LONDON • Formula One is in danger of losing three of its most famous tracks as the sport's traditional heartland loses ground to the multi-million-dollar muscle of countries demanding to stage Grands Prix.
Just days after the European Grand Prix took place in Azerbaijan for the first time, F1 chief executive Bernie Ecclestone warned that the Canada, Germany and Italian Grands Prix are all liable to be missing from the calendar next year unless deals are completed soon.
Speculation that the record 21-date calendar of this year could go up to 22 next season was also firmly rejected by Ecclestone.
The 85-year-old Briton said: "It is more likely to be 18 races next year."
That would be the lowest number since 2009 and a significant sign that European venues and those funded by private corporations are struggling to keep up with the big spenders, backed mainly by ambitious governments in other parts of the world.
Azerbaijan is thought to have paid Ecclestone's F1 business as much as £28 million (S$55 million) for the rights to stage Sunday's race, and then spent as much preparing the city-centre's track.
That included covering an ancient cobbled street with "geofabric"- sand and then asphalt - that had to be pulled up after the race, which was won by Mercedes' Nico Rosberg.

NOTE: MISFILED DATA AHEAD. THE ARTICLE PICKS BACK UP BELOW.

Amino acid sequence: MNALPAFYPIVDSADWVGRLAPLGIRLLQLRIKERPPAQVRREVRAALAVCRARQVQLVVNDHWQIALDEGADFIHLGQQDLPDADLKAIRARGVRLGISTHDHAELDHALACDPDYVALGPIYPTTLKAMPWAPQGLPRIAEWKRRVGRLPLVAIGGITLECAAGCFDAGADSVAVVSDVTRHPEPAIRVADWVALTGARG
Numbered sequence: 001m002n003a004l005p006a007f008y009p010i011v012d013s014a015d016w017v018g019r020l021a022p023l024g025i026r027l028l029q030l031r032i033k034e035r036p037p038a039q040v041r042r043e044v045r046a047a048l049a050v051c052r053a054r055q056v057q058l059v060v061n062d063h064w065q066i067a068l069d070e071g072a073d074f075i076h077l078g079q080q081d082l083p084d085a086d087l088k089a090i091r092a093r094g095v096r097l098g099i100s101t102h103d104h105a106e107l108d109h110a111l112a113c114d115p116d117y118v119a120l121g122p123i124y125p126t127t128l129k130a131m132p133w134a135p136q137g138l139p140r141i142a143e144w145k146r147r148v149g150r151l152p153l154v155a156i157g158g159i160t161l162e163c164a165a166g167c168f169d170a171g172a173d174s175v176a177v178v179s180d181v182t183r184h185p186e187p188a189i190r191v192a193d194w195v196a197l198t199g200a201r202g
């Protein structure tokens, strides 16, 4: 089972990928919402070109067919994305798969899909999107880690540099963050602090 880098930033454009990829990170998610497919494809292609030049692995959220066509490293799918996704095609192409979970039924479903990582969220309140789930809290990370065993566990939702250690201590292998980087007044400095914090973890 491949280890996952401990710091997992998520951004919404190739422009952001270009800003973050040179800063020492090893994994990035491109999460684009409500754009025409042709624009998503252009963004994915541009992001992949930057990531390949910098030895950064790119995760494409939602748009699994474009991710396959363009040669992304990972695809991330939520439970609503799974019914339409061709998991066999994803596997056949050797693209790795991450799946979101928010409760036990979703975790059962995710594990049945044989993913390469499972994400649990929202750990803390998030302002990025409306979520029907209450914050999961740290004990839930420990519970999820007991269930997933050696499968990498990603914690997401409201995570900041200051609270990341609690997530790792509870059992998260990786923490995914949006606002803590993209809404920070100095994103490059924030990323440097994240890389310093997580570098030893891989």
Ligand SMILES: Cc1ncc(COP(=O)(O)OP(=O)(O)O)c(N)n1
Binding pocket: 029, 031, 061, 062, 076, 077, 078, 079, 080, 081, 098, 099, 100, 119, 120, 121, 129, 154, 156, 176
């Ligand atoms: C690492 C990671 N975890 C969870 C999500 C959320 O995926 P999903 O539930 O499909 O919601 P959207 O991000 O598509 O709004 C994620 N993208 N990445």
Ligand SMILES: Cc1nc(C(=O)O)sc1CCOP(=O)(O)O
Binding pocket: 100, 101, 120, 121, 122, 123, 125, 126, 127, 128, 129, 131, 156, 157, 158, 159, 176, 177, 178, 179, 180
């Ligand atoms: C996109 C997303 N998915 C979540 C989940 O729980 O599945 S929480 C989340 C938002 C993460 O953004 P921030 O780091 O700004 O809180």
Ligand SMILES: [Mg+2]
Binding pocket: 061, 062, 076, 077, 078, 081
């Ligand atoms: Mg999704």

The attrition rate among circuits, new and old, has been high with one disappearing every two years on average.
Monza has been the traditional home of the Italian Grand Prix since 1981. However, finances have been a struggle and Ecclestone has been in negotiations with authorities desperate to cut hosting fees.
The Montreal authorities felt the sharp end of Ecclestone's tongue after failing to invest and upgrade the ramshackle facilities on Ile Notre-Dame. Ecclestone has warned that, should there be no development next year, then there will be no Canadian Grand Prix.
Hockenheim stages the German Grand Prix next month, with the Nurburgring circuit scheduled to take over next year.
However, the collapse of the Nurburgring's finances means that the historic venue is unlikely to return, while low attendances mean Hockenheim does not want to fill the breach.
THE TIMES, LONDON